India Song

By Ken McMullen

Marguerite Duras’s India Song not only sets its narrative in a lost world, the pre-2nd World War French diplomatic community in Calcutta, but is also an example of a lost film form, a form that has been overwhelmed by speed/action/cliché. One of the things, amongst the many, that makes the film unique, and therefore difficult for some, is its use of non-sync sound, in the creation of a dramatic reconstruction which slowly reveals, layer upon layer, the intense incestuous feelings experienced by a group of French Diplomats. They are holed up in the Embassy, whilst outside a leper, a figure of fascination and dread whom we never see, sings her chant. The diplomats’ fear of leprosy is a cathartic mirror of their own forbidden passions, eating away at their privileged existence in this limp tropical world. We see all this in a large mirror which, for much of the time, fills the screen, framing and dominating the action. We hear the protagonists talked about; we never see them talk.

India Song is decadent, visually repetitive, overtexted and singularly lacking in action and humour, It may or may not be at least one hour too long. Mme Duras was once reported to have slept through the entire film, and when I first saw it, in the Camden Plaza (now gone) I turned round at the end to find I was the only one left, and that even my girl-friend, a rather gangly girl from Glossop, had hoofed it not only out of the cinema, but out of the country... I never saw her again! Later, I heard she had converted to the Bhagwan that very night, and now was wearing orange and living in Bombay.

At one memorable screening a well-known British critic was reported to have sat crossed-legged throughout, facing not the screen but the audience. At another, a major force in the British film industry, whose name cannot be mentioned here (but can be supplied in confidence to interested readers) sat sucking his thumb, blinking his eyes, and uttering the word ‘Mama!’ every time he thought something was going to happen.

One TV channel broadcast it late at night (at (2am). It was a disaster for India Song lovers, for they broadcast it backwards, with few of the minute audience spotting the India Song stories go on and on... How to get rid of unwanted visitors: sit them down and put on India Song, explaining that you have the six hour version... How to stop insomnia... How to slow down when eating.


After the Camden Plaza incident I returned to see the film again the following night... Why

India Song had begun to haunt me, and, as I was to find out later, I wasn’t alone.

In fact I was in very good company... One of the film’s admirers was Stuart Hood, novelist, thinker, writer on the media, and former Controller of BBC TV. Together we began to show the film to film students. The immediate reaction was always the same - irritation with the pace and boredom with the subject matter... But these students were both bright and maturing swiftly. Inevitably, a large number began to ask to see the film again... its seductive power had begun to draw on them as they began to write their own first films. Duras’s text seemed to touch a lostness inside them. Its non-sync form offered a wonderful example of what could be achieved with meagre resources. Its use of music - haunting tangos and the like - evocatively suggested so much out of frame intrigue. Its mirrored images, first experienced as repetitive, now appeared both elegant and mysterious. Its multilayered text, at first impenetrable, now drew them to viewing after viewing, revealing as it did a depth and a range of nuance that was rare in contemporary culture.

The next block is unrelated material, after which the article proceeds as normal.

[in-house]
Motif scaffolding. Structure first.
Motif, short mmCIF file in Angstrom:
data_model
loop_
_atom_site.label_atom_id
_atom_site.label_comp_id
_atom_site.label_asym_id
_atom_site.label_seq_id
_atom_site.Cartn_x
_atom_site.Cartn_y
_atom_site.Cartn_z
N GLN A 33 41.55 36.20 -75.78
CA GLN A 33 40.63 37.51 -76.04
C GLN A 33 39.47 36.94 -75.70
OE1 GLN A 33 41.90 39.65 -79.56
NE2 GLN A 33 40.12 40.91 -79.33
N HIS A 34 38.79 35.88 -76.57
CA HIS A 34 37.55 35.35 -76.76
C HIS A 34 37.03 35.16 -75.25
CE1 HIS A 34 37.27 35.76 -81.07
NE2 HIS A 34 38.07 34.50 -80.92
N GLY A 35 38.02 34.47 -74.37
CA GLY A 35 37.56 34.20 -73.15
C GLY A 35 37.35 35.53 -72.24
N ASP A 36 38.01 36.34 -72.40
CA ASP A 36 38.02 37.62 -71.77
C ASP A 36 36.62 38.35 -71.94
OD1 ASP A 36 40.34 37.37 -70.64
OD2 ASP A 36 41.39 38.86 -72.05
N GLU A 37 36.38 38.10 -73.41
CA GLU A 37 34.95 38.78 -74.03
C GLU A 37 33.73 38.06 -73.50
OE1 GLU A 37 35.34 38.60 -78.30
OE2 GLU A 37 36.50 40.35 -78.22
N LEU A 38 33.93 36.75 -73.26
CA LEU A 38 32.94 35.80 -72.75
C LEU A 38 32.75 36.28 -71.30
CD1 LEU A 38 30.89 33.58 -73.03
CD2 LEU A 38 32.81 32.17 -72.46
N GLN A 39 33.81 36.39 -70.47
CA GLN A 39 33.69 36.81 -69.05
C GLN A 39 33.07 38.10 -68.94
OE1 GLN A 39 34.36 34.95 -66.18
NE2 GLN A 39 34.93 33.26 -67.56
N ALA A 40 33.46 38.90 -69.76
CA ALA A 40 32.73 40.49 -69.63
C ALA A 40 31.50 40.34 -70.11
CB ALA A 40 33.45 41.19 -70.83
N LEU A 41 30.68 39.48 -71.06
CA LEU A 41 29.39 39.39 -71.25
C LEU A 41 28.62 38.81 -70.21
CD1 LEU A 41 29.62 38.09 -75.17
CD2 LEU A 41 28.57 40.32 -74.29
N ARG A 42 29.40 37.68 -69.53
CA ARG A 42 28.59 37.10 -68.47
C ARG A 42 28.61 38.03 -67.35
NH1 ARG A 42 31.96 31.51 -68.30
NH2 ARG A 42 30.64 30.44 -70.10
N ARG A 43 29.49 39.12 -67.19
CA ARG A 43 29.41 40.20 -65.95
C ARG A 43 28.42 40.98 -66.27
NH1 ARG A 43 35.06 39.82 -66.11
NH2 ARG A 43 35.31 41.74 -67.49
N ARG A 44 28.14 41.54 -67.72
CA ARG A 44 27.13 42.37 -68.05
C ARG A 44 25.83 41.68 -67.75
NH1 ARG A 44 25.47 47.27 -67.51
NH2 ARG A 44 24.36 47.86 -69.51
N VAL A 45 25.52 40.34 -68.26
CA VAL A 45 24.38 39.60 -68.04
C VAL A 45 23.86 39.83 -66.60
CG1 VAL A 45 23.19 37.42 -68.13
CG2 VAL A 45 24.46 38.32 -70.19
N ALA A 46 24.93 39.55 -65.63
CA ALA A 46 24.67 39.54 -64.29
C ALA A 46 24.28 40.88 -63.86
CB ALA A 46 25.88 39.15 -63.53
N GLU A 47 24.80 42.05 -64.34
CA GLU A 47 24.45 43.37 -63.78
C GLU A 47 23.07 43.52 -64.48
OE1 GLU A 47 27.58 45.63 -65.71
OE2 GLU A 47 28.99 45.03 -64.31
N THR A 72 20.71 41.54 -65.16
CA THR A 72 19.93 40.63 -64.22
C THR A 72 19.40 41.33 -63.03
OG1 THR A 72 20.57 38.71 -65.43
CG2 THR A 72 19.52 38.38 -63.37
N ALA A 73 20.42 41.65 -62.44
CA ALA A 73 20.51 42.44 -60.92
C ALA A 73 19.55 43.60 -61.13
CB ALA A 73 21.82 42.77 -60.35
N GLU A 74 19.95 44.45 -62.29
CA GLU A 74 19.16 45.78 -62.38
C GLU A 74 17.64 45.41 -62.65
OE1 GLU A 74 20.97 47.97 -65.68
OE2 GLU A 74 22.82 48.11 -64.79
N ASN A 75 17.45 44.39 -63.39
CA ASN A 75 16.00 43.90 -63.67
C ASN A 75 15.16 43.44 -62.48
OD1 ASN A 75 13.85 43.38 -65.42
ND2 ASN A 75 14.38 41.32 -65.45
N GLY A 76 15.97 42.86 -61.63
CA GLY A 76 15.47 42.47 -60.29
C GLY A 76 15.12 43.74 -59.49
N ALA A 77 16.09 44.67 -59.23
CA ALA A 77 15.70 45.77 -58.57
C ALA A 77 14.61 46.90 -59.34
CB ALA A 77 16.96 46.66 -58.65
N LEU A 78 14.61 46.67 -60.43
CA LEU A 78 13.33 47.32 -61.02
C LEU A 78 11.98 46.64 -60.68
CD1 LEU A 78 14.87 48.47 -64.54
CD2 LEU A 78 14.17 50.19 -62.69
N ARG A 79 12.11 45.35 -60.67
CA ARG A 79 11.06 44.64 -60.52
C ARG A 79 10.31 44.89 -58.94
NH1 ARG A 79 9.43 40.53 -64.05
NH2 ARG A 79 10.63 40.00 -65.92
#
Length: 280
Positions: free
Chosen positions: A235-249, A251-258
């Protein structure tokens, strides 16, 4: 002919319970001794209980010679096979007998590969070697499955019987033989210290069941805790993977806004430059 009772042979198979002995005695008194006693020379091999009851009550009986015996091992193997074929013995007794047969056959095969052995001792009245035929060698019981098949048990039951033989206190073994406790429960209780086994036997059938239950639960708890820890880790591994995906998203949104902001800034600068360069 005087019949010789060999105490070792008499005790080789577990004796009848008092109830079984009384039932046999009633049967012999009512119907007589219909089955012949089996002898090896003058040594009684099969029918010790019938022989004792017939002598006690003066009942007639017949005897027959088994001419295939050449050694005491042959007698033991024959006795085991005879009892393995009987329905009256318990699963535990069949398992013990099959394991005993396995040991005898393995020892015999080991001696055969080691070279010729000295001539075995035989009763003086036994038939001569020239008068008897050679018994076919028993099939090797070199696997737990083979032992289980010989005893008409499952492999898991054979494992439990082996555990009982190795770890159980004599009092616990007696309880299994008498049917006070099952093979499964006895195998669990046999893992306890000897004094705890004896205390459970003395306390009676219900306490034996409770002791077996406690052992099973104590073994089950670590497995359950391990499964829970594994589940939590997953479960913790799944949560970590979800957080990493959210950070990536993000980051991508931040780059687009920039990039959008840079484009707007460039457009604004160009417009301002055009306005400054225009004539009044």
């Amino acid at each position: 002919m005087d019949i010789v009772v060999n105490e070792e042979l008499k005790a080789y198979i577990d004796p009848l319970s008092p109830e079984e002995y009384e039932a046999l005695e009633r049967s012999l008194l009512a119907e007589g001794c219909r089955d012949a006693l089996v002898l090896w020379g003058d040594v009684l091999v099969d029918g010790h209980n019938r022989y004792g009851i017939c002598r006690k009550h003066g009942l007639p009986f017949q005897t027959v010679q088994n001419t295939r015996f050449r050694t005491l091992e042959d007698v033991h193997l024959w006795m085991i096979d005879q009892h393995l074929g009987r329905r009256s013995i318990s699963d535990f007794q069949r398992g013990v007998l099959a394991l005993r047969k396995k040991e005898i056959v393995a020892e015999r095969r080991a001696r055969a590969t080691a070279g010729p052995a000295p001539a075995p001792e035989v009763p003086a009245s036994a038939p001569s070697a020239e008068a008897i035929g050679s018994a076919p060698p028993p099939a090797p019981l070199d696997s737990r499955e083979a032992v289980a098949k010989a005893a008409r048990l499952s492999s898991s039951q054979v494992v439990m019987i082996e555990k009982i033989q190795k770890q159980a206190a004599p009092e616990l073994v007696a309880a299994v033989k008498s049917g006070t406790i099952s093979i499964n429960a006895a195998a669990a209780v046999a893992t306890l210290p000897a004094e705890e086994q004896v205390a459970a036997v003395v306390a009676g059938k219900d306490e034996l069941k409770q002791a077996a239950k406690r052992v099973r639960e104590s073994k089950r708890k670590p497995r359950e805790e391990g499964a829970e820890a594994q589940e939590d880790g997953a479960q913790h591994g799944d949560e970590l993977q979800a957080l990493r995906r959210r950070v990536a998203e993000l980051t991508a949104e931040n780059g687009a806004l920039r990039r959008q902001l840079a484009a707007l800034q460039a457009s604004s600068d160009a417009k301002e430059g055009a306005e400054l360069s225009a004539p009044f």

Thus India Song became one of the most seminal films of these classes. Now these classes themselves are part of a lost world... Gone the British Raj and the diplomatic presence in Calcutta... Gone the French New Wave, and its questioning of the possibilities of kinetic narrative... Gone to those film classes, though whenever I meet students from that period India Song inevitably enters the conversation.

One day, the contemporary religion of ‘Action and Realism’ will similarly pass away, and when we look around for things to take its place, India Song will attract new admirers as more adventurous explorations of cinematic form again grab the imagination of adventurous new writers and directors, some of them, perhaps, already waiting in the wings.

Now, sadly, Marguerite Duras has gone too. I met her once, at the Montreal Film Festival. As she was in North America, close to that New World whose images so dominate our screens, she was convinced there was a gunman at every street corner, and that at any moment she would be caught in a shoot out. We ushered her through the streets, to and from the hotel, assuring her that nothing of that kind was likely to happen. On the day she was due to leave the Festival, she came down into the hotel lobby, on her way to breakfast. A gunman was holding up the staff and the guests. in an audacious daylight robbery. Such is the power of the imagination!

Ken McMullen is the producer, director and co-writer of Resistance, Ghost Dance, Zina, Partition and 1871, as well as numerous documentaries about the arts and artists. He teaches at the London College of Printing